UN demands urgent answers from Ethiopia over Gibe III dam

October 13, 2011

The Kwegu are one of the tribes threatened by the Gibe III dam in Ethiopia’s Omo valley. © Survival

This page was created in 2011 and may contain language which is now outdated.

The UN’s growing concern over Ethiopia’s construction of the controversial Gibe III dam has prompted it to demand urgent information from the African state.

The Committee on the Elimination of Racial Discrimination (CERD) has given Ethiopia until the end of January 2012 to provide reliable evidence that independent assessments have been carried out, and that tribal people in the region have been properly consulted.

The UN body has written to Ethiopia with its concerns under its ‘early warning and urgent action procedure’. It has appealed for ‘constructive dialogue’ but noted how previous requests from the UN’s Special Rapporteur on Indigenous rights had been ignored.

During the dry part of the year, when the water table drops, the Nyangatom, Mursi and other tribes of the area dig deep holes in river beds to water their cattle and to get drinking water. © Serge Tornay/Survival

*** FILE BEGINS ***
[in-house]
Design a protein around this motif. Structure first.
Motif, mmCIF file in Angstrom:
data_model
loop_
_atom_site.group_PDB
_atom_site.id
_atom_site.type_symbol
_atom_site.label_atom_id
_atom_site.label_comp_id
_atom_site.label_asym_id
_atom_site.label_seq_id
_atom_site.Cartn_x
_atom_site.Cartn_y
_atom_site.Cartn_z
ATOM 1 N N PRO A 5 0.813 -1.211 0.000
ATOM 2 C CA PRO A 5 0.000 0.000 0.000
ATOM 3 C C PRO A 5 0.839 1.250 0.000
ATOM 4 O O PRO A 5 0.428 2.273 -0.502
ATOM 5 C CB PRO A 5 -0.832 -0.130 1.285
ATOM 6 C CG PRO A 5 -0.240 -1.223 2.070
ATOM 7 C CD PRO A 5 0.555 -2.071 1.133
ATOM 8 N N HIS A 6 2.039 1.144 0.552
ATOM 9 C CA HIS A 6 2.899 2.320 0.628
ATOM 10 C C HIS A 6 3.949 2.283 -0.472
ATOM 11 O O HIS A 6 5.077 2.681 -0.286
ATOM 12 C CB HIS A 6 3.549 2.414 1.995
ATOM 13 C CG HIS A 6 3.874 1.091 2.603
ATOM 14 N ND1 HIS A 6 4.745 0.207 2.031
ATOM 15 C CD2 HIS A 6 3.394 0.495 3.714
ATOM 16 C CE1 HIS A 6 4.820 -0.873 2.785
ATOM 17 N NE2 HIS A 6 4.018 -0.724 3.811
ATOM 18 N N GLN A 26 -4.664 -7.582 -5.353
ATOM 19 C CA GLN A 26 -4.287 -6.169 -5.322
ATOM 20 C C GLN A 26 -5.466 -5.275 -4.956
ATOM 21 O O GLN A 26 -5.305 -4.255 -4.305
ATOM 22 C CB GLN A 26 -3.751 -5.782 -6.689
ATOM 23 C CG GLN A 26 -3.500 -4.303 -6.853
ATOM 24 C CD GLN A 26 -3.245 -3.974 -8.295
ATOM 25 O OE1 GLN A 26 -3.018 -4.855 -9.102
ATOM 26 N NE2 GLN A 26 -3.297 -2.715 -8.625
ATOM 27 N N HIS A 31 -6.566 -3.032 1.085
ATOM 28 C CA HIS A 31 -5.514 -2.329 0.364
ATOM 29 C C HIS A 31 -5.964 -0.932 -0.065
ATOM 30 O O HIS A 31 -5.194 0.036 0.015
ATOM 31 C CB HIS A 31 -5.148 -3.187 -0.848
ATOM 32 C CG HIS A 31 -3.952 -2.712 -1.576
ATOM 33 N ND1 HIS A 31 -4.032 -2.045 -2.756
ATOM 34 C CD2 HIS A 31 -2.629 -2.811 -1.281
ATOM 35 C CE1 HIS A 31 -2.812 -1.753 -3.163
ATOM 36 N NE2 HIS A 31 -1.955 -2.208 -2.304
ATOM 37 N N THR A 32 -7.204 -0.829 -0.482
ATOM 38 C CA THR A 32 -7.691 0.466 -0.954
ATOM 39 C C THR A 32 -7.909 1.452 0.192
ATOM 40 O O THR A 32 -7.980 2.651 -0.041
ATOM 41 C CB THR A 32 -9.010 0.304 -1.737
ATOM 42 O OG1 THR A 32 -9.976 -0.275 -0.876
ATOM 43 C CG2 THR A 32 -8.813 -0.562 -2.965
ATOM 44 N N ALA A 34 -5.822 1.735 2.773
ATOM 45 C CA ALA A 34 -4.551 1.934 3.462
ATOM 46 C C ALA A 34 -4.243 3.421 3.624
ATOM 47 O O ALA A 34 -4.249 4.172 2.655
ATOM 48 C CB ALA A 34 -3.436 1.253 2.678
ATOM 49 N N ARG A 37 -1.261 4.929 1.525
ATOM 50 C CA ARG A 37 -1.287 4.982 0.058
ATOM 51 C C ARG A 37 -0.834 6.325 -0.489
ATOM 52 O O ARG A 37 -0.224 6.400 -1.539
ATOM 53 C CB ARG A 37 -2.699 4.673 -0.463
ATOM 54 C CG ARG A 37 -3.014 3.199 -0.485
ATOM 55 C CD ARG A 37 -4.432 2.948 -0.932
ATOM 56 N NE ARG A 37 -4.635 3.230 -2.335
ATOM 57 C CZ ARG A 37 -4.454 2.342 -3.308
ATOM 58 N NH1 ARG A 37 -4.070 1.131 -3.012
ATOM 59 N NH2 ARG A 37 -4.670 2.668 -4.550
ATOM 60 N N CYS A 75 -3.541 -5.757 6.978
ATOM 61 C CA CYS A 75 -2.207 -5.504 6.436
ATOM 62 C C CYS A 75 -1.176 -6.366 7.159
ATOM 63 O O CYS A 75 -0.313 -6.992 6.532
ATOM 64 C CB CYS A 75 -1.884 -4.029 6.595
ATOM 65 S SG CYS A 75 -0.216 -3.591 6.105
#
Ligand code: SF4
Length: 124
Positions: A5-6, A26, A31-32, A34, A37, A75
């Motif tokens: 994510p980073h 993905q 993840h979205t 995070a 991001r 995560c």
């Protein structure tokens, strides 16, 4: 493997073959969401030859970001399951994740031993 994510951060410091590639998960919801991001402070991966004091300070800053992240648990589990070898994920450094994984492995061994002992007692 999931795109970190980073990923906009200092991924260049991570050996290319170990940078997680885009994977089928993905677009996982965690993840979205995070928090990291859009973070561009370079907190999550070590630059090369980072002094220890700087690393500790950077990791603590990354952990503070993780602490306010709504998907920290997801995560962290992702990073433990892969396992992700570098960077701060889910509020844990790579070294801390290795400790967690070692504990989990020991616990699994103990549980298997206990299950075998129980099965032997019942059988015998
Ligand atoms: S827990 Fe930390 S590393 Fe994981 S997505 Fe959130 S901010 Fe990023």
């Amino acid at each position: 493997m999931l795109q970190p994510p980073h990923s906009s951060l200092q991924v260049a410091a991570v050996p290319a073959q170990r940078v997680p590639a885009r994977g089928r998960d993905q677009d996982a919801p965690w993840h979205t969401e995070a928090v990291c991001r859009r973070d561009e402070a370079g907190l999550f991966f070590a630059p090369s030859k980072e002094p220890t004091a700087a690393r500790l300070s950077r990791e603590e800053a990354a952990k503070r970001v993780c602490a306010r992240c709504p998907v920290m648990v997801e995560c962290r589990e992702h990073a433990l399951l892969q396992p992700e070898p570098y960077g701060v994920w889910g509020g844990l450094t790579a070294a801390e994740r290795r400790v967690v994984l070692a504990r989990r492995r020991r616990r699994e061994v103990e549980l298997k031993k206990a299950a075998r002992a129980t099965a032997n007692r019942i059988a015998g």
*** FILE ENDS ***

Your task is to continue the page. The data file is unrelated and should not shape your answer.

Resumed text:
The UN’s World Heritage Committee has also written to Ethiopia calling for it to ‘immediately halt all construction’ and for ‘all financial institutions supporting the Gibe III dam to put on hold their financial support.’ Both the Omo Valley, and Kenya’s Lake Turkana, which is fed by the Omo river, have been recognized by UNESCO as World Heritage Sites.

Survival has been calling on the UN to take action over Ethiopia’s construction of the Gibe III dam, and its decision to lease out large areas of tribal land for commercial plantations in the South Omo region. The dam will regulate the flow of the Omo and enable irrigation of the plantations.

Survival recently revealed that around one hundred Indigenous people have been arrested and jailed for opposing the dam and plantations.

Omo Valley Tribes